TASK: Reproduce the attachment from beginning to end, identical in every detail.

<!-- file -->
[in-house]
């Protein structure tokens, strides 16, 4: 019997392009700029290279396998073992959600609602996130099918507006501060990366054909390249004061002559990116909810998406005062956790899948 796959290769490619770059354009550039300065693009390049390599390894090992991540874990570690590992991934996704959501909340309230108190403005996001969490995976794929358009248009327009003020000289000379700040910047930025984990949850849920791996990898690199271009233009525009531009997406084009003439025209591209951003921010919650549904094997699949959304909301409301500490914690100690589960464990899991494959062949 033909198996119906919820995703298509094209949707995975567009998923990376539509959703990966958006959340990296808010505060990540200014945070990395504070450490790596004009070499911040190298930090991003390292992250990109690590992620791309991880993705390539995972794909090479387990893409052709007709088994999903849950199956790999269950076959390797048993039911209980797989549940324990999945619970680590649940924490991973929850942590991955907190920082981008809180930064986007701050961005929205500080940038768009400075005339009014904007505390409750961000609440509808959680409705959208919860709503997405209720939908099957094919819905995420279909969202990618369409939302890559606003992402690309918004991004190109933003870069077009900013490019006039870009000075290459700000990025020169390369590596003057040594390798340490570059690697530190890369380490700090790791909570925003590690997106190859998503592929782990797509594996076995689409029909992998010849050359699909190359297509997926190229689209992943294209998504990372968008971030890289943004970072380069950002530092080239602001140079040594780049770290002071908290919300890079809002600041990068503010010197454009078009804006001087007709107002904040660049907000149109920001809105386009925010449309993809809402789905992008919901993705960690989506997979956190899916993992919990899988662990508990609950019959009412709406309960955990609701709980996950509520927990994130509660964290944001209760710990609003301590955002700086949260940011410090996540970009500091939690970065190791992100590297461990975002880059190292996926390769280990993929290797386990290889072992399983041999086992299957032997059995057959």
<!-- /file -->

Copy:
[in-house]
């Protein structure tokens, strides 16, 4: 019997392009700029290279396998073992959600609602996130099918507006501060990366054909390249004061002559990116909810998406005062956790899948 796959290769490619770059354009550039300065693009390049390599390894090992991540874990570690590992991934996704959501909340309230108190403005996001969490995976794929358009248009327009003020000289000379700040910047930025984990949850849920791996990898690199271009233009525009531009997406084009003439025209591209951003921010919650549904094997699949959304909301409301500490914690100690589960464990899991494959062949 033909198996119906919820995703298509094209949707995975567009998923990376539509959703990966958006959340990296808010505060990540200014945070990395504070450490790596004009070499911040190298930090991003390292992250990109690590992620791309991880993705390539995972794909090479387990893409052709007709088994999903849950199956790999269950076959390797048993039911209980797989549940324990999945619970680590649940924490991973929850942590991955907190920082981008809180930064986007701050961005929205500080940038768009400075005339009014904007505390409750961000609440509808959680409705959208919860709503997405209720939908099957094919819905995420279909969202990618369409939302890559606003992402690309918004991004190109933003870069077009900013490019006039870009000075290459700000990025020169390369590596003057040594390798340490570059690697530190890369380490700090790791909570925003590690997106190859998503592929782990797509594996076995689409029909992998010849050359699909190359297509997926190229689209992943294209998504990372968008971030890289943004970072380069950002530092080239602001140079040594780049770290002071908290919300890079809002600041990068503010010197454009078009804006001087007709107002904040660049907000149109920001809105386009925010449309993809809402789905992008919901993705960690989506997979956190899916993992919990899988662990508990609950019959009412709406309960955990609701709980996950509520927990994130509660964290944001209760710990609003301590955002700086949260940011410090996540970009500091939690970065190791992100590297461990975002880059190292996926390769280990993929290797386990290889072992399983041999086992299957032997059995057959």